The US Department of Defense (DoD) could generate 7000 megawatts (MW) of solar energy—roughly equivalent to the output of seven nuclear power plants—on four military bases located in the California desert, according to a study recently released by DoD’s Office of Installations and Environment.
The year-long study, conducted by the consultancy ICF International, looked at seven military bases in California and two in Nevada. It finds that, even though 96% of the surface area of the nine bases is unsuited for solar development because of military use, endangered species and other factors, the solar-compatible area is nevertheless large enough to generate more than 30 times the electricity consumed by the California bases, or about 25% of the renewable energy that the State of California is requiring utilities to use by 2015.
The Department of Defense is seeking to develop solar, wind, geothermal and other distributed energy sources on its bases both to reduce their $4 billion-a-year energy bill and to make them less dependent on the commercial electricity grid. Such on-site energy generation, together with energy storage and so-called smart-microgrid technology, would allow a military base to maintain its critical operations “off-grid” for weeks or months if the grid is disrupted.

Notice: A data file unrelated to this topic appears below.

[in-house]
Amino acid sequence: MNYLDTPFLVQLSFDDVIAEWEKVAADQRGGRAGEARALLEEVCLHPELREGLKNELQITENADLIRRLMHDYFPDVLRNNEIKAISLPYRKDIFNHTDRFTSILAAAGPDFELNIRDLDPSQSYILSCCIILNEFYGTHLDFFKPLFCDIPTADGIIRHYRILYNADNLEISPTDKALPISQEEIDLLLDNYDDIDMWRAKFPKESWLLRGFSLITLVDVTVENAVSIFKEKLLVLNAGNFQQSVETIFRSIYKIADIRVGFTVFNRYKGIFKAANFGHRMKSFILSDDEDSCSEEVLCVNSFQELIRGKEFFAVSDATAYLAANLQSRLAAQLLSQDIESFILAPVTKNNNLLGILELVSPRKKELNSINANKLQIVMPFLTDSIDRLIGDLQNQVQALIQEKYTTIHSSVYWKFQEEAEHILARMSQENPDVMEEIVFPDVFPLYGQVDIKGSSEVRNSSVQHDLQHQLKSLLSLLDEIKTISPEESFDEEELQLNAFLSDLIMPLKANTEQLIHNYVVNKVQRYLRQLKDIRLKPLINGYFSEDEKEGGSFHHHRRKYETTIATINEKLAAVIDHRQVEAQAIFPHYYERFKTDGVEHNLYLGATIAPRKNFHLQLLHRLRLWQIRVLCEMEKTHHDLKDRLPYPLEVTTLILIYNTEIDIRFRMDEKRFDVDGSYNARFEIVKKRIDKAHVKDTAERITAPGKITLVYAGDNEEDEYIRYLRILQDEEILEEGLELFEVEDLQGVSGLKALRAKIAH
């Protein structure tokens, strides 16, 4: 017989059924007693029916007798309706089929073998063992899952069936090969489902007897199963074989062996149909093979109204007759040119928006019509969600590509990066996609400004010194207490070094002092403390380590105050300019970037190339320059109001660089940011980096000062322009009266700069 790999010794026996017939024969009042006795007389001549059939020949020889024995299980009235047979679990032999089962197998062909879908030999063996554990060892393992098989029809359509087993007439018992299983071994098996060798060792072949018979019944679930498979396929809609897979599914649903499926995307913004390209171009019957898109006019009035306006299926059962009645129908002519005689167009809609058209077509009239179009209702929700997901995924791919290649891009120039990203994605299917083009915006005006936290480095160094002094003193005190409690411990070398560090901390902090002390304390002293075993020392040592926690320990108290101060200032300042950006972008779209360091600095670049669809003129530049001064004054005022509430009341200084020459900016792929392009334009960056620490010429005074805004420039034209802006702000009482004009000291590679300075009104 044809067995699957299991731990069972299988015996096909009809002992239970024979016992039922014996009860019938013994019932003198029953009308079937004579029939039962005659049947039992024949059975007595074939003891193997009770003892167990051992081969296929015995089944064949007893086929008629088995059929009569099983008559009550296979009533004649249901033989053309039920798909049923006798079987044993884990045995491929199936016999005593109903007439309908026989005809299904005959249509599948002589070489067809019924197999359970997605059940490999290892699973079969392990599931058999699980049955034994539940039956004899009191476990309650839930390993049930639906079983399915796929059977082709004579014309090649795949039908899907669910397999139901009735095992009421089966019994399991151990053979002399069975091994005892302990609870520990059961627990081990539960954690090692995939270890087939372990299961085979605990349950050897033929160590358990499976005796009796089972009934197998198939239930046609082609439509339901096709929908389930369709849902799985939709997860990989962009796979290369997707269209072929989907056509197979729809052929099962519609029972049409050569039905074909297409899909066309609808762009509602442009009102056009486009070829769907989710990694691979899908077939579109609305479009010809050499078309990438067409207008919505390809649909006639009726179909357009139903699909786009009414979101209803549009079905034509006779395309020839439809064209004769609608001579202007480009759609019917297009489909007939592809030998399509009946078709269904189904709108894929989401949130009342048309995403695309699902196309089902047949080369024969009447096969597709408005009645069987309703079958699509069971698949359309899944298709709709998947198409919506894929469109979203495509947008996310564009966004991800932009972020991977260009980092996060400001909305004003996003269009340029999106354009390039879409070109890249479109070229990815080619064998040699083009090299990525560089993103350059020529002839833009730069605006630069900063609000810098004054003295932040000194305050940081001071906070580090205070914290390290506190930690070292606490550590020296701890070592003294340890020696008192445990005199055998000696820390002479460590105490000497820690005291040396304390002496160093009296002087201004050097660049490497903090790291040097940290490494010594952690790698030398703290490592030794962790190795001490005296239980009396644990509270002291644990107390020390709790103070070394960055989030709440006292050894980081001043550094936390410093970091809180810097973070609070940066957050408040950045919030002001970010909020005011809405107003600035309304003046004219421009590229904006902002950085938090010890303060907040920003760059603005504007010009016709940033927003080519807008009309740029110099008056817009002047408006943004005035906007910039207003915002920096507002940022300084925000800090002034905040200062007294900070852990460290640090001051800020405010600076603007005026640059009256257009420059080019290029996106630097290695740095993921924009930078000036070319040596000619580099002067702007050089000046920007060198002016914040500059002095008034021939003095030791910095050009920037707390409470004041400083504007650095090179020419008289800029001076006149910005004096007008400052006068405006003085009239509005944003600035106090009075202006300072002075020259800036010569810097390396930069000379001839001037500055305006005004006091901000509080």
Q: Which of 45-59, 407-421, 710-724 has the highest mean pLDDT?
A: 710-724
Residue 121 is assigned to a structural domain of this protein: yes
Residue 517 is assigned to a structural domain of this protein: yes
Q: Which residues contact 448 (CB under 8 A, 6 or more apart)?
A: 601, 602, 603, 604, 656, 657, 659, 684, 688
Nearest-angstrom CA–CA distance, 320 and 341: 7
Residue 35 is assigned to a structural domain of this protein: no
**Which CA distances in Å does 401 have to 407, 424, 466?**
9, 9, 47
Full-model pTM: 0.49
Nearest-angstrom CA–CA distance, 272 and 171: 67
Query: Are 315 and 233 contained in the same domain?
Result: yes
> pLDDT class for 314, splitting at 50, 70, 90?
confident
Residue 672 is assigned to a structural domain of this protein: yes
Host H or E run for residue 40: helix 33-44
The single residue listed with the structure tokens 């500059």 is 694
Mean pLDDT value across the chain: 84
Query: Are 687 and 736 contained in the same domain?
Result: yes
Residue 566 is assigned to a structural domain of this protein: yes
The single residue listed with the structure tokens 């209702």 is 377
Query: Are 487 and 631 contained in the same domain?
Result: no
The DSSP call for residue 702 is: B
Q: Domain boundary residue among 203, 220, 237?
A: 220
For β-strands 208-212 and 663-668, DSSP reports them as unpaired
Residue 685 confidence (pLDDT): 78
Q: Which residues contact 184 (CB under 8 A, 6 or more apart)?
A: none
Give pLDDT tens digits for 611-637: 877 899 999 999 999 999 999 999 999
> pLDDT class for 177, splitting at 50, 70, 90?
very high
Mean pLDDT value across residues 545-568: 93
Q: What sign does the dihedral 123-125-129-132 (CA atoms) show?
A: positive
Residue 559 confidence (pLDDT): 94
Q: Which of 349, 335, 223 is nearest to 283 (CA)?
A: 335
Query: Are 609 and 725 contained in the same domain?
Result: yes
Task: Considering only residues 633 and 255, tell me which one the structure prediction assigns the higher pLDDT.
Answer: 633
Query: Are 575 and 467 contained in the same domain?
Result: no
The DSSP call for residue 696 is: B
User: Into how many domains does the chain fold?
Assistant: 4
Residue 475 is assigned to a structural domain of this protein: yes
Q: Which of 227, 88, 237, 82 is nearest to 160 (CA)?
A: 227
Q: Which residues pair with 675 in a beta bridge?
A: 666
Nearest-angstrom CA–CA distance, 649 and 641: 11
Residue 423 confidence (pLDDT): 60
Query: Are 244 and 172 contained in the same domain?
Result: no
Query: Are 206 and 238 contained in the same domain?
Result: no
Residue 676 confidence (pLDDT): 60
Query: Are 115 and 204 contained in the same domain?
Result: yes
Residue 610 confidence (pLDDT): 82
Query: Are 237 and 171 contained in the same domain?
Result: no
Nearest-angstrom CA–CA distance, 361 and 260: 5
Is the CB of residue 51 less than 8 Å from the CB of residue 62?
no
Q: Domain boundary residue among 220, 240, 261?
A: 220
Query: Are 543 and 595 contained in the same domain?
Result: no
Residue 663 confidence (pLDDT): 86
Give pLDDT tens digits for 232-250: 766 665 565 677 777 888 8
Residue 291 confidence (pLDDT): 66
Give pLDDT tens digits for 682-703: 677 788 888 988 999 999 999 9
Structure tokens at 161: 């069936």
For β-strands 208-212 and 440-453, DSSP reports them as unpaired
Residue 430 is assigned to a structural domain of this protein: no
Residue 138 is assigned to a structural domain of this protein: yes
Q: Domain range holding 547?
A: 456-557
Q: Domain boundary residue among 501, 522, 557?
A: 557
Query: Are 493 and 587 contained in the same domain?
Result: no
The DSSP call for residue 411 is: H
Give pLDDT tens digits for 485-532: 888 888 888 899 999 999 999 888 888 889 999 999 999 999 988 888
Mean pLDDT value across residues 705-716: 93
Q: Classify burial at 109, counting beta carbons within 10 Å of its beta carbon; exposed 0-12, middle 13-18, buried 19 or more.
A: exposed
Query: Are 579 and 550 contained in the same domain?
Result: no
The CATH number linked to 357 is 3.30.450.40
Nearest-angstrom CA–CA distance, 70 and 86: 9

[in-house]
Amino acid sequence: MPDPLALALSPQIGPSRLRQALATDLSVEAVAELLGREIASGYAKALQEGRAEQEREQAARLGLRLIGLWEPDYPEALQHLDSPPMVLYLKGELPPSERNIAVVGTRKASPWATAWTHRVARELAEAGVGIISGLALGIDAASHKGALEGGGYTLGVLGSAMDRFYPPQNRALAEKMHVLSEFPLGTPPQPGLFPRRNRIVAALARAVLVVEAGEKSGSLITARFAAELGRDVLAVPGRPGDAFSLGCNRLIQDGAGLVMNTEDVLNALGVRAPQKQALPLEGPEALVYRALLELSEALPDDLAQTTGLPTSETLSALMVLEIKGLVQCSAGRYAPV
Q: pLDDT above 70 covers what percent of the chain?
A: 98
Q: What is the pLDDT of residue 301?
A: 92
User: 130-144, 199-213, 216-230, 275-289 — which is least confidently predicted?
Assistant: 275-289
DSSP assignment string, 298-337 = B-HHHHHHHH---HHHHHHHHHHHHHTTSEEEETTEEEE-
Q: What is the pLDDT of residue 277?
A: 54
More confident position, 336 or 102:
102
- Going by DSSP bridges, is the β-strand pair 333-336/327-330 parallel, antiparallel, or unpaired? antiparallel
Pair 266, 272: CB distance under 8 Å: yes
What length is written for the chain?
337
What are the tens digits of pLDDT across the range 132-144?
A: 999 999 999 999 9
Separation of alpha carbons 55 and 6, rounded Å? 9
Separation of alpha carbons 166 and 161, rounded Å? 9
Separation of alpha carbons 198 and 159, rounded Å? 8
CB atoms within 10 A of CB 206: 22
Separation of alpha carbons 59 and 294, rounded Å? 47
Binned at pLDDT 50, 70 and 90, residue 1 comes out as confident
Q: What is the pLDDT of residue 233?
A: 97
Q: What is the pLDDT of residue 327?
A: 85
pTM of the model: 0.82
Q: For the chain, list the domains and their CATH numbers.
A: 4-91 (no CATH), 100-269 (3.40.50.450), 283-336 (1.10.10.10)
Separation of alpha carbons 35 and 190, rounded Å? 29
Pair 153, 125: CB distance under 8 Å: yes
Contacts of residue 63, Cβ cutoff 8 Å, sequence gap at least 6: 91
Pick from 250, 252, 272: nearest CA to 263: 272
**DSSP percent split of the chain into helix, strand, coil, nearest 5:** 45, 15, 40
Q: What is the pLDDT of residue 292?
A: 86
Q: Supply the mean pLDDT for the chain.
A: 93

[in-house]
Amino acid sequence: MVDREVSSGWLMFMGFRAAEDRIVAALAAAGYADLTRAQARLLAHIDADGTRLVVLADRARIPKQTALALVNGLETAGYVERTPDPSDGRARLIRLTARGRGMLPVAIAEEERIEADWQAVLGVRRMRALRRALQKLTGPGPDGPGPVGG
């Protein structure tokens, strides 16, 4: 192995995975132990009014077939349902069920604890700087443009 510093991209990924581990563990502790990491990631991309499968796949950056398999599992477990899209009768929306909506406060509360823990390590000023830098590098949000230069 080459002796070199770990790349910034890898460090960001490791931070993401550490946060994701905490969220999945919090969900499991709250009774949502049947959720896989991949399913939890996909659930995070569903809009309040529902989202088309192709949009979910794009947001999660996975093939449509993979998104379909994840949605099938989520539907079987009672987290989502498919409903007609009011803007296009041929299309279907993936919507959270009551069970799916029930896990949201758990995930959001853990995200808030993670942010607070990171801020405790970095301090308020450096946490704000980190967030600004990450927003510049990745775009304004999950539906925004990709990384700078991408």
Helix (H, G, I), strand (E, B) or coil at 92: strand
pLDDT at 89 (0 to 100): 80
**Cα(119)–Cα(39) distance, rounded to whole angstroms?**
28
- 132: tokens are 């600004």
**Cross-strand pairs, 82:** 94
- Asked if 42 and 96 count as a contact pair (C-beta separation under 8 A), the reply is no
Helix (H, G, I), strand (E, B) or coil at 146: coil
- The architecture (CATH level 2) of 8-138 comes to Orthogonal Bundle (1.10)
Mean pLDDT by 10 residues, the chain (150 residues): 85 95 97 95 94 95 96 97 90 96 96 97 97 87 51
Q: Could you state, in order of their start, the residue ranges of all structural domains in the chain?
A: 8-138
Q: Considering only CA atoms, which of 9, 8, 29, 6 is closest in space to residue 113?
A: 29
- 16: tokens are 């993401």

The ICF study looks in detail at the seven DoD installations that are located in California’s Mojave and Colorado deserts: Fort Irwin; Naval Air Weapons Station China Lake; the Marine Corps’ Chocolate Mountain Aerial Gunnery Range; Edwards Air Force Base; Marine Corps Logistics Base Barstow; Marine Corps Air Ground Combat Center Twentynine Palms; and Naval Air Facility El Centro. The study also looks at two Air Force bases located in the Nevada desert, Creech and Nellis.
Most of the surface area of the installations consists of undeveloped ranges used for training and other military activities that the study finds are incompatible with solar facilities. In addition, using detailed Geographic Information System data, ICF ruled out large portions of the bases’ developed areas because of the presence of cultural and biological resources, flash flood hazards and other conflicts. For each area that survived the geographic screening process, ICF looked at the technical feasibility of six alternative solar technologies and at the economic viability under private versus military ownership.
The study concludes that 25,000 acres are “suitable” for solar development and another 100,000 acres are “likely” or “questionably” suitable for solar. ICF assumed that 100% of the “suitable” land and 25% of the “likely” or “questionably” suitable land would be developed for solar energy. According to the study, the largest amount of economically viable acreage is found at Edwards Air Force Base (24,327 acres), followed by Fort Irwin (18,728 acres), China Lake (6,777) and Twentynine Palms (553 acres). ICF found little or no economically viable acreage on the other California bases (Barstow, El Centro and Chocolate Mountain) or the two Nevada bases, principally because the military’s use of the land is incompatible with solar development.
Finally, the study finds that private developers can tap the solar potential on these installations with no capital investment requirement from DoD, and that the development could yield the federal government up to $100 million a year in revenue or other benefits such as discounted power.